Judge Rejects Mitre’s Efforts to Dismiss ERISA Lawsuit

The Massachusetts-based federal judge has advanced the lawsuit and ordered a scheduling conference for April.   

Fiduciary breach allegations against the Mitre Corp. will advance, after a federal judge in Massachusetts ruled in favor of the plaintiffs and denied Mitre’s motions to dismiss the lawsuit.

U.S. District Judge Denise J. Casper, of the U.S. District Court for the District of Massachusetts, ruled in favor of the plaintiffs, ordering the fiduciary breach lawsuit Brown et al v. The MITRE Corporation et al, brought against Mitre for failing to leverage the bargaining power and size of assets in the plan to negotiate lower fees, to proceed. The order dismissed the lead plaintiff, Aaron Brown, from the proposed class action litigation for his failure to demonstrate standing.

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Casper found the plaintiffs’ allegations sufficient to proceed and rejected Mitre’s motions to dismiss for failure to state a claim upon which relief can be granted, she wrote in the memorandum and order.

The plaintiffs alleged fiduciary breach of prudence to participants in Mitre retirement plans and alleged failure to adequately monitor other fiduciaries. 

“The court finds that the complaint’s factual allegations are sufficient to state a plausible claim of imprudence for [Fiduciary Duty of Prudence (Count I)],” Casper wrote. “The court finds that plaintiffs’ revenue sharing allegations are sufficient to infer imprudence … that plaintiffs’ allegations that the committee failed to conduct an RFP at reasonable intervals are sufficient to infer imprudence [and] the use of the same two recordkeepers for at least fourteen years despite relatively high recordkeeping fees is sufficient to infer imprudence.”

TIAA and Fidelity Investments were the plan’s recordkeepers, beginning in 2006, and were retained through the class period, the order shows.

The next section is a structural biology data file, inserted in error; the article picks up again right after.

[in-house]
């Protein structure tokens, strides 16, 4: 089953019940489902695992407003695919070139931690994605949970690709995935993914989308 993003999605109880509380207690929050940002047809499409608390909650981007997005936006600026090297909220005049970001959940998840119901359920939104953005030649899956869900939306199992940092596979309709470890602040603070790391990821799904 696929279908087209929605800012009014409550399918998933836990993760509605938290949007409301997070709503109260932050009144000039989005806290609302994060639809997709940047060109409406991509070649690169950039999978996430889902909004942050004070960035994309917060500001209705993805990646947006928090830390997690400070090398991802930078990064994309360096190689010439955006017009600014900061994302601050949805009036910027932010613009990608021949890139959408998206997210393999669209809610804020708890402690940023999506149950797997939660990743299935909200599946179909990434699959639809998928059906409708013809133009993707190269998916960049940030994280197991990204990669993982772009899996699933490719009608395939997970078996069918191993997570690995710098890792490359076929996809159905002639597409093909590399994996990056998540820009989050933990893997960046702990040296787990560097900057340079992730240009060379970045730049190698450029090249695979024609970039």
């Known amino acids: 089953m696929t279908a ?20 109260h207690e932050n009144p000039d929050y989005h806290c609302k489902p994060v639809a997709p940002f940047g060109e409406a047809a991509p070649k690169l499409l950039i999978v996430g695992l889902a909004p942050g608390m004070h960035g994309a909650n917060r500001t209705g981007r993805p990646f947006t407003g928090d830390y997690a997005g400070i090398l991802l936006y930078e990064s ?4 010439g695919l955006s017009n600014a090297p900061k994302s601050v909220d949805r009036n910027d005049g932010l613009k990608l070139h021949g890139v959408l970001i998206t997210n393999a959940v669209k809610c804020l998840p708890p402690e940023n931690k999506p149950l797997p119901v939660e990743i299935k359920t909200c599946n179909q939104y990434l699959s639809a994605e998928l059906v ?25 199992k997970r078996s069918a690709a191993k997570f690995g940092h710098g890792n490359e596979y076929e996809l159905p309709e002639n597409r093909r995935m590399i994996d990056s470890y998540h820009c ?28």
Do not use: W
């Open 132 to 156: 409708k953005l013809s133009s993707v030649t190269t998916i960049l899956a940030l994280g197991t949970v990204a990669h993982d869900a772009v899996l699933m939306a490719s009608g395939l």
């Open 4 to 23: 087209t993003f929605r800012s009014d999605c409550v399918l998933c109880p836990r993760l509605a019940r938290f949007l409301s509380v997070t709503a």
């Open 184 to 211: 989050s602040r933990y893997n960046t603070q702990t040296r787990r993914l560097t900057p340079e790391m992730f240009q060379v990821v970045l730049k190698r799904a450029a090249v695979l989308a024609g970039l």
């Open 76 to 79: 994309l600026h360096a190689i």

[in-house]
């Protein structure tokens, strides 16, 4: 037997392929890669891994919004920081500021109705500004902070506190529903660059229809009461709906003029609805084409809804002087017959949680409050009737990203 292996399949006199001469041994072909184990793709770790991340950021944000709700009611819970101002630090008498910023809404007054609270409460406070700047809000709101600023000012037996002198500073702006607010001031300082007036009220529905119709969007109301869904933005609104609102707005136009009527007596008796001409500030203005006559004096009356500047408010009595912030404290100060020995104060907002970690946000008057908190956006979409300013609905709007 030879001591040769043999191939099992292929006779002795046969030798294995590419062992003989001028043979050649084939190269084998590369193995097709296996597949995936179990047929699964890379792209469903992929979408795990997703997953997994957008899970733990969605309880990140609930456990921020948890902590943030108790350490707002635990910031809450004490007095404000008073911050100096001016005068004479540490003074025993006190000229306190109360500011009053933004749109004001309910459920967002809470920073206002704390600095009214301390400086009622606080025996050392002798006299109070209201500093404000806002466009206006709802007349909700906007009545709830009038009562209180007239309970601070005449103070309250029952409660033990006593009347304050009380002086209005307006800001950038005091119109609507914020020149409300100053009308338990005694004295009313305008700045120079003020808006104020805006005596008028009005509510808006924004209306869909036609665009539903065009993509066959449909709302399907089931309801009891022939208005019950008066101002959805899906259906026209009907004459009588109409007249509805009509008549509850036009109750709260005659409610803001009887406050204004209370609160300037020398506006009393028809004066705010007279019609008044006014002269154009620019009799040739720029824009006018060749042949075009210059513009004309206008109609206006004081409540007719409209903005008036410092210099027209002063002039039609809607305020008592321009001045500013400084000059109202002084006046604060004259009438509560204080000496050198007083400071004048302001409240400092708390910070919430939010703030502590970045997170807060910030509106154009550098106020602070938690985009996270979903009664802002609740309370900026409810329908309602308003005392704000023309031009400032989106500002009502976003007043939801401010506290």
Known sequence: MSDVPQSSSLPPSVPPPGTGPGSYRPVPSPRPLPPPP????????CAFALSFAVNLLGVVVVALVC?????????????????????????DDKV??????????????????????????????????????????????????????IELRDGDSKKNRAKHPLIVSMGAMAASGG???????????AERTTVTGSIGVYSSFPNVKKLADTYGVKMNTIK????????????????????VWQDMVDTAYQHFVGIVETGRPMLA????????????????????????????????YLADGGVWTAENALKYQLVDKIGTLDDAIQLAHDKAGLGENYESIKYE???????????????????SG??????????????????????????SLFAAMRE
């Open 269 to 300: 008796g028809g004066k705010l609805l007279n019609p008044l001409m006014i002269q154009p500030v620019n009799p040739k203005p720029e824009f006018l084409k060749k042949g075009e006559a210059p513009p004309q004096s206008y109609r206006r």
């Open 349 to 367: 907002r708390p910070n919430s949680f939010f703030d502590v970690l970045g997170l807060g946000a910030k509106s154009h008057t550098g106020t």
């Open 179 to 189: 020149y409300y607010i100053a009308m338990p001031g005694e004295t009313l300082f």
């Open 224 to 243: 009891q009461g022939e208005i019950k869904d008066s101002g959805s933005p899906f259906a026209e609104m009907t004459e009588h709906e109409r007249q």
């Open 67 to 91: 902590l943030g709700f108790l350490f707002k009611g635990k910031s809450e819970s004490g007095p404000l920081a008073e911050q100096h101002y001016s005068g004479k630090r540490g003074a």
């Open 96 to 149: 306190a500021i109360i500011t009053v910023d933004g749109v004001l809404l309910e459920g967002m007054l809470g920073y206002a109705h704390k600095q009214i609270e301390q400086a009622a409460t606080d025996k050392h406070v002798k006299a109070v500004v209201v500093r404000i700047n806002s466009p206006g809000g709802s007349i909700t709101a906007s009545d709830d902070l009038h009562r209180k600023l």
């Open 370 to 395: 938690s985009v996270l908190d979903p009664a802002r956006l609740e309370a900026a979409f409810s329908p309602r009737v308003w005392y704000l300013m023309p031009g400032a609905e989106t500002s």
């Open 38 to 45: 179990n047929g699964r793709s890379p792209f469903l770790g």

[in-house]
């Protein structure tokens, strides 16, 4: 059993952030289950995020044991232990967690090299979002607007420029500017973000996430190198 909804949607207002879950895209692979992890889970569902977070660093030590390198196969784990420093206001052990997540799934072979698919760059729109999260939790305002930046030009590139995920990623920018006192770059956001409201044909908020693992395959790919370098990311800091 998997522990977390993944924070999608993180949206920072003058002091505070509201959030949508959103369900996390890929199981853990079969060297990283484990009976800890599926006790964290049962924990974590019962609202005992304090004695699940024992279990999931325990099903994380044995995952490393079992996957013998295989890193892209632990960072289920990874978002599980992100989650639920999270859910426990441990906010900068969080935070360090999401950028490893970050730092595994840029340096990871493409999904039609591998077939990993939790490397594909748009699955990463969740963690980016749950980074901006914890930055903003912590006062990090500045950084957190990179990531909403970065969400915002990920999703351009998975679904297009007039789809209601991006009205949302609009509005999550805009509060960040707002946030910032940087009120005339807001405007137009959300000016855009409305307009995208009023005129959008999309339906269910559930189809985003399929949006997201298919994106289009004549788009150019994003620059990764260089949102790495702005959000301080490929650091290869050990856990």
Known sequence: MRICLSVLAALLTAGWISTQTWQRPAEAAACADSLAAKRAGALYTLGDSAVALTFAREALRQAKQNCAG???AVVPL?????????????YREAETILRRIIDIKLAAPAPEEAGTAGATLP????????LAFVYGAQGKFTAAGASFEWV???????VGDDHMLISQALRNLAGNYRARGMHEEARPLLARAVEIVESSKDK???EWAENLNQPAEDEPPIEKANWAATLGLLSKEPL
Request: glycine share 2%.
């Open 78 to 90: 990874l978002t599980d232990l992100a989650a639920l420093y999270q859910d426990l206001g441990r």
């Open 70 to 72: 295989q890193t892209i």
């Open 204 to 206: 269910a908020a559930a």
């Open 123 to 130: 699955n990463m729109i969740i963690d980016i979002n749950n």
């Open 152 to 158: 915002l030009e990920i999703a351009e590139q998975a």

Casper cited precedent from the 1st U.S. Circuit Court of Appeals, which oversees federal cases brought in Massachusetts, in ruling for the order.

Casper also ruled against the defendants’ motion to dismiss the allegations that the plan improperly used higher-cost share classes of funds when lower-fee, identical investments were available for the plans. Casper also allowed a claim to advance for failure to monitor, according to the court order.  

“Given that the court has already determined that plaintiffs alleged sufficient facts to infer that defendants breached the duty of prudence, the court concludes that plaintiffs have also plausibly alleged that they breached their monitoring duties,” Casper stated.

The plaintiffs brought the lawsuit in a 2022 complaint that alleged fiduciary breaches committed in two retirement plans: the Mitre Corp. Tax Sheltered Annuity Plan and the Qualified Retirement Plan.

As of June 2016, the plans had a combined total of at least $3.5 billion dollars in assets, according to the complaint.

Named defendants to the lawsuit are the Mitre Corp., its board of trustees, its investment advisory committee and 30 unnamed individuals.

The proposed class of plaintiffs is represented by attorneys from law firm Capozzi Adler PC, based in Harrisburg, Pennsylvania, and the law office of Jeffrey Hellman LLC in New Haven, Connecticut.

The defendants are represented by attorneys from the law offices of Morgan Lewis, headquartered in Philadelphia.  

Casper ordered an initial scheduling conference between the parties to be held on April 3.